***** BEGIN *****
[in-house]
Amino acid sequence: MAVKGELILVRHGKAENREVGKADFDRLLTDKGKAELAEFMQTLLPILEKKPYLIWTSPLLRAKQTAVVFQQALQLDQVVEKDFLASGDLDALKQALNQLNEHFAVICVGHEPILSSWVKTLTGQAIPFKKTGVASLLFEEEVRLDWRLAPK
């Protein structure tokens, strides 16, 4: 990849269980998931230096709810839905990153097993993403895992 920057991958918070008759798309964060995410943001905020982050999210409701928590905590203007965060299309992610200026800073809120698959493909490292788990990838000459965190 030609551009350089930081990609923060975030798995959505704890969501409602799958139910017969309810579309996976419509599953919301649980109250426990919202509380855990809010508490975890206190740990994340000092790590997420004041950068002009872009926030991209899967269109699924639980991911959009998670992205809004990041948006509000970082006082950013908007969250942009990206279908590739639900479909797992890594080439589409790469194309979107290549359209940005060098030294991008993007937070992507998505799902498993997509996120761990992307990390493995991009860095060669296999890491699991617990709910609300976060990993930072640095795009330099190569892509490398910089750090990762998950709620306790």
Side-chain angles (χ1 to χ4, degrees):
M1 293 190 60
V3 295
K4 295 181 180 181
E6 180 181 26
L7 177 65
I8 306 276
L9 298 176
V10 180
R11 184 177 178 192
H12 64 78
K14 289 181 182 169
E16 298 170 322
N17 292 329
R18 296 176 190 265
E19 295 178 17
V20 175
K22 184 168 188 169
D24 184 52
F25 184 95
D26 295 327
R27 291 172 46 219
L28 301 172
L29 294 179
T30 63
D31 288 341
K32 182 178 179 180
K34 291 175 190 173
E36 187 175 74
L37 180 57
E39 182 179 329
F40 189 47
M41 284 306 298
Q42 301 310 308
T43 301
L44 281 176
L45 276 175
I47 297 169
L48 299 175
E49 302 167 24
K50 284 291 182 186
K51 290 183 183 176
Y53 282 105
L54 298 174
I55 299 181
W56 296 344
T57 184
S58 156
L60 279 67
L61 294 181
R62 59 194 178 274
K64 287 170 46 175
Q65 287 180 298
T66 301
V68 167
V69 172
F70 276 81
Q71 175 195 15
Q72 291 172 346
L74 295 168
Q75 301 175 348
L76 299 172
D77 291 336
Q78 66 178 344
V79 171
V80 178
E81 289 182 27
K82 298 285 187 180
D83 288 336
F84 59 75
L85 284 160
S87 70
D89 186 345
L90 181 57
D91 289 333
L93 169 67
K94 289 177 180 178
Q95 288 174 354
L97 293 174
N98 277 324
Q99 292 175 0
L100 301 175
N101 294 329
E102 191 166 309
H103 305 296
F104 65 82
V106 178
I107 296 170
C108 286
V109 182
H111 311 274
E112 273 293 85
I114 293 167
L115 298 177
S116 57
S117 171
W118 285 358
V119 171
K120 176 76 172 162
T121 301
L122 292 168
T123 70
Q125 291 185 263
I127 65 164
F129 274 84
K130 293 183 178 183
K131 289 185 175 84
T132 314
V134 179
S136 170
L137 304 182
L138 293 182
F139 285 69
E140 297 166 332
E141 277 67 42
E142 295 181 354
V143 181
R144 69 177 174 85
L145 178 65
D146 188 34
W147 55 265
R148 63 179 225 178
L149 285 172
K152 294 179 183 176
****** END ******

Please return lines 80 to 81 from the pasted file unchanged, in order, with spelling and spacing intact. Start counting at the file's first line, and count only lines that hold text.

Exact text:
K94 289 177 180 178
Q95 288 174 354